Byron.
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Old 03-30-2013, 01:40 PM   #45
 
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First question is, are the nitrates occurring in the source water, or in the tank?

Assuming for the moment the latter, in the tank, then a nitrate of < 5 ppm is fine. One of my tanks reads < 10 ppm. Using the API nitrate liquid test. And I have lots of plants, and do 50% weekly water changes. There is zero nitrate in my tap water.

It is possible to get nitrates at or very close to zero. More plants and fewer fish (as a balance) is the way to do this; the fewer fish, the less waste, and the more plants, the more they need ammonia/ammonium.

Adding plant fertilizer high in nitrate will obviously add nitrate. I don't know what you are using; I use Seachem's Flourish Comprehensive Supplement which has minimal nitrogen derived from ammonium and nitrate (so they say). From my experience and tests, this is not adding any detectable nitrate. If you follow the method some use of over-fertilizing the tank (the EI method, etc) you would be adding considerably more nitrate. Some of these folks aim for 20-30 ppm.

Byron.
My tap water tests a zero nitrates. I've got lots of plants and 3 discus (juveniles) 2 bristlenose (2" & 3"), 5 cories and 2 (at least) babies. I do have a very large snail population.

My TDS has levelled out around 60 to 65 PPM

I also use the Seachem Flourish but maybe once every two weeks. (one cap). After actually measuring my tank, it is 45 gallons, not 55.

The nitrate test I use is from Hagen. I hate it because of the judgement required with the shades of purple/pink.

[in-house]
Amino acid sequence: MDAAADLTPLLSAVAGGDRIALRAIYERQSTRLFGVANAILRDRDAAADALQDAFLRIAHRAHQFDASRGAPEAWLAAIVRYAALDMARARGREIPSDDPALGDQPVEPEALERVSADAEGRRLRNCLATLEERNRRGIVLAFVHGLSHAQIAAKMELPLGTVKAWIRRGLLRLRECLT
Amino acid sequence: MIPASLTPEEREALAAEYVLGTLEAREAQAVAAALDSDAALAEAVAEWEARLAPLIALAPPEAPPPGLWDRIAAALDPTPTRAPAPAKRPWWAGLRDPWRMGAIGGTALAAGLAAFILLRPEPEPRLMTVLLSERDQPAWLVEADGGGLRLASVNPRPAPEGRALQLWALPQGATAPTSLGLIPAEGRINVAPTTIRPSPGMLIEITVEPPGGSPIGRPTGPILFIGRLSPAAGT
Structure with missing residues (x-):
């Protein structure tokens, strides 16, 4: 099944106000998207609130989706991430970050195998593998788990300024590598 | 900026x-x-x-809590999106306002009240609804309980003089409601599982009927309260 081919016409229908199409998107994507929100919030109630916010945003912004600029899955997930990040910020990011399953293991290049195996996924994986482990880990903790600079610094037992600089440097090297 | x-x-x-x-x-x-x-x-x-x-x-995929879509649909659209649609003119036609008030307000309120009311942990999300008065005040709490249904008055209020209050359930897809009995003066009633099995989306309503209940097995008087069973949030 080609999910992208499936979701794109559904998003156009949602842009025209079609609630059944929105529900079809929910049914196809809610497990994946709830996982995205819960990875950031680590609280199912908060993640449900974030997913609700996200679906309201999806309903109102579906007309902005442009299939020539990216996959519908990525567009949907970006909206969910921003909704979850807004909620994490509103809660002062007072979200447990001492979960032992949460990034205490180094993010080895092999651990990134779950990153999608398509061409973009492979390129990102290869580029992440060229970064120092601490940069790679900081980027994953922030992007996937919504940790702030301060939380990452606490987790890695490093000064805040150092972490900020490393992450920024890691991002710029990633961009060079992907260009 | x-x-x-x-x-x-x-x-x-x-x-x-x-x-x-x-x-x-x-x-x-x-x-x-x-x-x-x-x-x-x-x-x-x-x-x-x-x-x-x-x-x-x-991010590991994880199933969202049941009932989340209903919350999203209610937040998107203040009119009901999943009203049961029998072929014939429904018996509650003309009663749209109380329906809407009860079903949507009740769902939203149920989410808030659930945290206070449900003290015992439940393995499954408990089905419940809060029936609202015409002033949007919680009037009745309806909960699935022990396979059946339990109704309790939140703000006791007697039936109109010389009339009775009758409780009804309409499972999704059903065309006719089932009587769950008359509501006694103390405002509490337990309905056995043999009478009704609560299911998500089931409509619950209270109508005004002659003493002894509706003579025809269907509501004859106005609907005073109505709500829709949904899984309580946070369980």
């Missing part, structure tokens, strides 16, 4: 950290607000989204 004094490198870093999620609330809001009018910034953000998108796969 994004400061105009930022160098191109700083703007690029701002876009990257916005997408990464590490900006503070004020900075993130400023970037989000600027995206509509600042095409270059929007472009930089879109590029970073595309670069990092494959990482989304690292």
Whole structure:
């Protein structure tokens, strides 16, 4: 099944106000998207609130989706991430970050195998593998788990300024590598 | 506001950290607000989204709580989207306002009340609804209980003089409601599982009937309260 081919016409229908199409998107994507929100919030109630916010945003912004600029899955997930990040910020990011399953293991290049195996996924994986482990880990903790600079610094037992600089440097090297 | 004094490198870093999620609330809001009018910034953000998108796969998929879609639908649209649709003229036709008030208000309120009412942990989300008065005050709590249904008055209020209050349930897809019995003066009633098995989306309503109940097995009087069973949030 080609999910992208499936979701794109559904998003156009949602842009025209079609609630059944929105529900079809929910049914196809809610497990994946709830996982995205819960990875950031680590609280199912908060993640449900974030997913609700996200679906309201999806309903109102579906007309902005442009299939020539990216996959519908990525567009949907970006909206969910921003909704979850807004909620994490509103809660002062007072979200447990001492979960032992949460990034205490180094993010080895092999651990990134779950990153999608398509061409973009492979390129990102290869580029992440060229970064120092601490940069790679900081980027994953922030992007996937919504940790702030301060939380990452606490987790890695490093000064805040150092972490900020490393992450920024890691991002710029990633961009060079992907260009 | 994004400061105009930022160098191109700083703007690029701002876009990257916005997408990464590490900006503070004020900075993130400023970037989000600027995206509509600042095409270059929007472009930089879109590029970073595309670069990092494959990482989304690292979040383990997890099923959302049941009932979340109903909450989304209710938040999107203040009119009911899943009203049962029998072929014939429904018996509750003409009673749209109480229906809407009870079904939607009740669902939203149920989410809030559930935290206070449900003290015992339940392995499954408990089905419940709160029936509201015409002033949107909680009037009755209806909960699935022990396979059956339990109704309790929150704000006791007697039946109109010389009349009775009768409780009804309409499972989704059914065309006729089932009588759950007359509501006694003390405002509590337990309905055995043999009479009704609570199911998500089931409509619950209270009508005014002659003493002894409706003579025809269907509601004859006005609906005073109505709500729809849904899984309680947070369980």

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Old 03-30-2013, 06:04 PM   #46
 
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Originally Posted by Timjwilson View Post
My tap water tests a zero nitrates. I've got lots of plants and 3 discus (juveniles) 2 bristlenose (2" & 3"), 5 cories and 2 (at least) babies. I do have a very large snail population.

My TDS has levelled out around 60 to 65 PPM

I also use the Seachem Flourish but maybe once every two weeks. (one cap). After actually measuring my tank, it is 45 gallons, not 55.

The nitrate test I use is from Hagen. I hate it because of the judgement required with the shades of purple/pink.
This sounds fine (the numbers, I mean).
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Old 03-30-2013, 09:55 PM   #47
 
Welcome to TFK!

If/when you have nitrates around 5ppm or so, I call it a win. You might find value in gravel siphoning unplanted areas. Also, pea gravel seems a bit coarse to me (allowing uneaten food and waste to drop below and decay) and perhaps a finer substrate on the surface would be better.
Also with respect to nitrogenous waste, the food quality makes a big difference (you already have this somewhat covered). Some fish foods use lower quality fish meal in their 'recipes' requiring copious amounts of starch (wheat, oat, soy, rice flours) binders and to increase crude proteins. But much of this just passes through the fish. I discovered when I switched to Omega One and Ed's Almost Natural (both use fresh, whole fish) that my fish suddenly produced less waste ... believe it or not.
And...it goes without mentioning to ensure your not over feeding.

Now I don't really buy into the (video) need for a sump/refugium as I'm seeing success with a simpler bio-filter...